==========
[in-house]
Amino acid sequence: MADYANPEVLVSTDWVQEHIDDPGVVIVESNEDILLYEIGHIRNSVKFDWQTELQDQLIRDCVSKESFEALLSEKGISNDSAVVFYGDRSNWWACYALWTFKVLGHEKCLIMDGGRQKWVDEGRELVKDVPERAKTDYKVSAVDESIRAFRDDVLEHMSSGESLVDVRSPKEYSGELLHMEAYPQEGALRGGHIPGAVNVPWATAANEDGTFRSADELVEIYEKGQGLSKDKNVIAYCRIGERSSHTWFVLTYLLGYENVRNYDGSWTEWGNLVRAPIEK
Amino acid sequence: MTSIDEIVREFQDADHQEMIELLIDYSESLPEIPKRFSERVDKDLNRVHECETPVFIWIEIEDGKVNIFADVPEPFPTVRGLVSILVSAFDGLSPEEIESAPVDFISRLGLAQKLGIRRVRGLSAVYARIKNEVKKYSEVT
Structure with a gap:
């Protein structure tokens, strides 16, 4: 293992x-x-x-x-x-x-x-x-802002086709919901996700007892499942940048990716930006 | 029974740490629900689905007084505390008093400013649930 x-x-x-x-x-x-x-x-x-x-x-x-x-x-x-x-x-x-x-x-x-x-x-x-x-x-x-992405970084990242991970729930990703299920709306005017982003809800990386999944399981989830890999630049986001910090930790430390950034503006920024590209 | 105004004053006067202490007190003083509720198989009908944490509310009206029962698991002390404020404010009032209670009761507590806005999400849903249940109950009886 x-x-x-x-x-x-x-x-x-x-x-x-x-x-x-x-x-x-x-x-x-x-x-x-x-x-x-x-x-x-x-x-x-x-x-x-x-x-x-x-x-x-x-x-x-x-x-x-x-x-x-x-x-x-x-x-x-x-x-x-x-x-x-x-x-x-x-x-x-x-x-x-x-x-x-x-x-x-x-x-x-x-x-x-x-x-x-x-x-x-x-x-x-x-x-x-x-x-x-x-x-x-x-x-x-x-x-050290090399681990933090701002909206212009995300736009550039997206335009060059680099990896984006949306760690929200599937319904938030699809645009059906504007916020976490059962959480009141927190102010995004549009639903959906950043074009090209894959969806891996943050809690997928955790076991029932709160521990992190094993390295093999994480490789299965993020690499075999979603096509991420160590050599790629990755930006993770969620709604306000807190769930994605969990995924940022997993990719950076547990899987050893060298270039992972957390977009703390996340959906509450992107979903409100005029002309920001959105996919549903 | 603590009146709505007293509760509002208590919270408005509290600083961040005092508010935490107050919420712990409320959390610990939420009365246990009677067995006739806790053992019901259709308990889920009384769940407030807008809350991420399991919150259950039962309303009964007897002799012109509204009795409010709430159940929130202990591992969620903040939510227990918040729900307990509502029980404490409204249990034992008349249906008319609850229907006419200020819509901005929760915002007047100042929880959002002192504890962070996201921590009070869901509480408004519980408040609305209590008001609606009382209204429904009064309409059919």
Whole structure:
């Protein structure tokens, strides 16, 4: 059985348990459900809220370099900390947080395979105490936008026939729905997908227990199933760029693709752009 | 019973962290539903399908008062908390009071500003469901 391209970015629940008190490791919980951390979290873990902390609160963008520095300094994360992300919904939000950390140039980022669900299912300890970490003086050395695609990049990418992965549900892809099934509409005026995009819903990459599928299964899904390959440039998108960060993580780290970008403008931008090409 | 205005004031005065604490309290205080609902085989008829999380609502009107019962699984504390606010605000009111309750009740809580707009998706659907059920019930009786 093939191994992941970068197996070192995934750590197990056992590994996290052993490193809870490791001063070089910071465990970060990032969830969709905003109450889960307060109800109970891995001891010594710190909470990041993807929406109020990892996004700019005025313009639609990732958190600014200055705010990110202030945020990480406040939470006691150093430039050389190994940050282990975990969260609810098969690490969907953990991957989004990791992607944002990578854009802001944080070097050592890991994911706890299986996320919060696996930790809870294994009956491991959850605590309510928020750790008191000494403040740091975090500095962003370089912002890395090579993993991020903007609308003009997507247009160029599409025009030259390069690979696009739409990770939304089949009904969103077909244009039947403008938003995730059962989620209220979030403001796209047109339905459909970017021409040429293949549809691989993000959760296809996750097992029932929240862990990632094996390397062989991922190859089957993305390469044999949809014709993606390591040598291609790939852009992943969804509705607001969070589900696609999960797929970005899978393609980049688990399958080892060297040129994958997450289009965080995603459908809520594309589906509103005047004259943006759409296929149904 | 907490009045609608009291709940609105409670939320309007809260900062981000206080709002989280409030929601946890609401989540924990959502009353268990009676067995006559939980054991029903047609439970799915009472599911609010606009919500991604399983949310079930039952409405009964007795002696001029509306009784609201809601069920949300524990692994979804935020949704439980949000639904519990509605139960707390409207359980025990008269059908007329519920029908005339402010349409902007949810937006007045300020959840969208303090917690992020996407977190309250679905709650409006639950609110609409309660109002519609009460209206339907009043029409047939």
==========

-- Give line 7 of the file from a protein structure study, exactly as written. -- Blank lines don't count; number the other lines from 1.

């Protein structure tokens, strides 16, 4: 059985348990459900809220370099900390947080395979105490936008026939729905997908227990199933760029693709752009 | 019973962290539903399908008062908390009071500003469901 391209970015629940008190490791919980951390979290873990902390609160963008520095300094994360992300919904939000950390140039980022669900299912300890970490003086050395695609990049990418992965549900892809099934509409005026995009819903990459599928299964899904390959440039998108960060993580780290970008403008931008090409 | 205005004031005065604490309290205080609902085989008829999380609502009107019962699984504390606010605000009111309750009740809580707009998706659907059920019930009786 093939191994992941970068197996070192995934750590197990056992590994996290052993490193809870490791001063070089910071465990970060990032969830969709905003109450889960307060109800109970891995001891010594710190909470990041993807929406109020990892996004700019005025313009639609990732958190600014200055705010990110202030945020990480406040939470006691150093430039050389190994940050282990975990969260609810098969690490969907953990991957989004990791992607944002990578854009802001944080070097050592890991994911706890299986996320919060696996930790809870294994009956491991959850605590309510928020750790008191000494403040740091975090500095962003370089912002890395090579993993991020903007609308003009997507247009160029599409025009030259390069690979696009739409990770939304089949009904969103077909244009039947403008938003995730059962989620209220979030403001796209047109339905459909970017021409040429293949549809691989993000959760296809996750097992029932929240862990990632094996390397062989991922190859089957993305390469044999949809014709993606390591040598291609790939852009992943969804509705607001969070589900696609999960797929970005899978393609980049688990399958080892060297040129994958997450289009965080995603459908809520594309589906509103005047004259943006759409296929149904 | 907490009045609608009291709940609105409670939320309007809260900062981000206080709002989280409030929601946890609401989540924990959502009353268990009676067995006559939980054991029903047609439970799915009472599911609010606009919500991604399983949310079930039952409405009964007795002696001029509306009784609201809601069920949300524990692994979804935020949704439980949000639904519990509605139960707390409207359980025990008269059908007329519920029908005339402010349409902007949810937006007045300020959840969208303090917690992020996407977190309250679905709650409006639950609110609409309660109002519609009460209206339907009043029409047939």